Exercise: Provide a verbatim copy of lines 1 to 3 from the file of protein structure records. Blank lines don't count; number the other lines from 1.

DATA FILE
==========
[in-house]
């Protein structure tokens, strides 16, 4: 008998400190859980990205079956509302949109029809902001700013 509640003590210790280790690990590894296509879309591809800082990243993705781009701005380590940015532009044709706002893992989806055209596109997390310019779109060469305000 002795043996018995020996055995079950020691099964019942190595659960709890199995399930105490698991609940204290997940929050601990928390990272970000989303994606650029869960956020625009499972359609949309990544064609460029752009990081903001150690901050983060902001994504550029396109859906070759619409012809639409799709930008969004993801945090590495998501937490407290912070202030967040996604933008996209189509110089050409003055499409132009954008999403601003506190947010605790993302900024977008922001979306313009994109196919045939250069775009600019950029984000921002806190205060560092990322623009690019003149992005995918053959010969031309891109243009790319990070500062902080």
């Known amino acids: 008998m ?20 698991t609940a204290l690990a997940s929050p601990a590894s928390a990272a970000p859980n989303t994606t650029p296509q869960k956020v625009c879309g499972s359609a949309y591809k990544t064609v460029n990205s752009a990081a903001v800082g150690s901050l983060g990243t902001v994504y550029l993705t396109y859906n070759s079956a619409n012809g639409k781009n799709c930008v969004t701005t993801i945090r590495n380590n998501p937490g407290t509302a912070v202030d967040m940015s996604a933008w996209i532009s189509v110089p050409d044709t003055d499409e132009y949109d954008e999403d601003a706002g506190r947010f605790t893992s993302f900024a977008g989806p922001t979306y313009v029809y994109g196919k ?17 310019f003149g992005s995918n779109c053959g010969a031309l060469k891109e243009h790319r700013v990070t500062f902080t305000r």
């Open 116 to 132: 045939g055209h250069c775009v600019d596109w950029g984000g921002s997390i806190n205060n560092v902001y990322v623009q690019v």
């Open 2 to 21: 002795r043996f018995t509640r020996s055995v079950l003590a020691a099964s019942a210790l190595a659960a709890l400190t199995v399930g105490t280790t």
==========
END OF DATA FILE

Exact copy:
[in-house]
């Protein structure tokens, strides 16, 4: 008998400190859980990205079956509302949109029809902001700013 509640003590210790280790690990590894296509879309591809800082990243993705781009701005380590940015532009044709706002893992989806055209596109997390310019779109060469305000 002795043996018995020996055995079950020691099964019942190595659960709890199995399930105490698991609940204290997940929050601990928390990272970000989303994606650029869960956020625009499972359609949309990544064609460029752009990081903001150690901050983060902001994504550029396109859906070759619409012809639409799709930008969004993801945090590495998501937490407290912070202030967040996604933008996209189509110089050409003055499409132009954008999403601003506190947010605790993302900024977008922001979306313009994109196919045939250069775009600019950029984000921002806190205060560092990322623009690019003149992005995918053959010969031309891109243009790319990070500062902080």
């Known amino acids: 008998m ?20 698991t609940a204290l690990a997940s929050p601990a590894s928390a990272a970000p859980n989303t994606t650029p296509q869960k956020v625009c879309g499972s359609a949309y591809k990544t064609v460029n990205s752009a990081a903001v800082g150690s901050l983060g990243t902001v994504y550029l993705t396109y859906n070759s079956a619409n012809g639409k781009n799709c930008v969004t701005t993801i945090r590495n380590n998501p937490g407290t509302a912070v202030d967040m940015s996604a933008w996209i532009s189509v110089p050409d044709t003055d499409e132009y949109d954008e999403d601003a706002g506190r947010f605790t893992s993302f900024a977008g989806p922001t979306y313009v029809y994109g196919k ?17 310019f003149g992005s995918n779109c053959g010969a031309l060469k891109e243009h790319r700013v990070t500062f902080t305000r």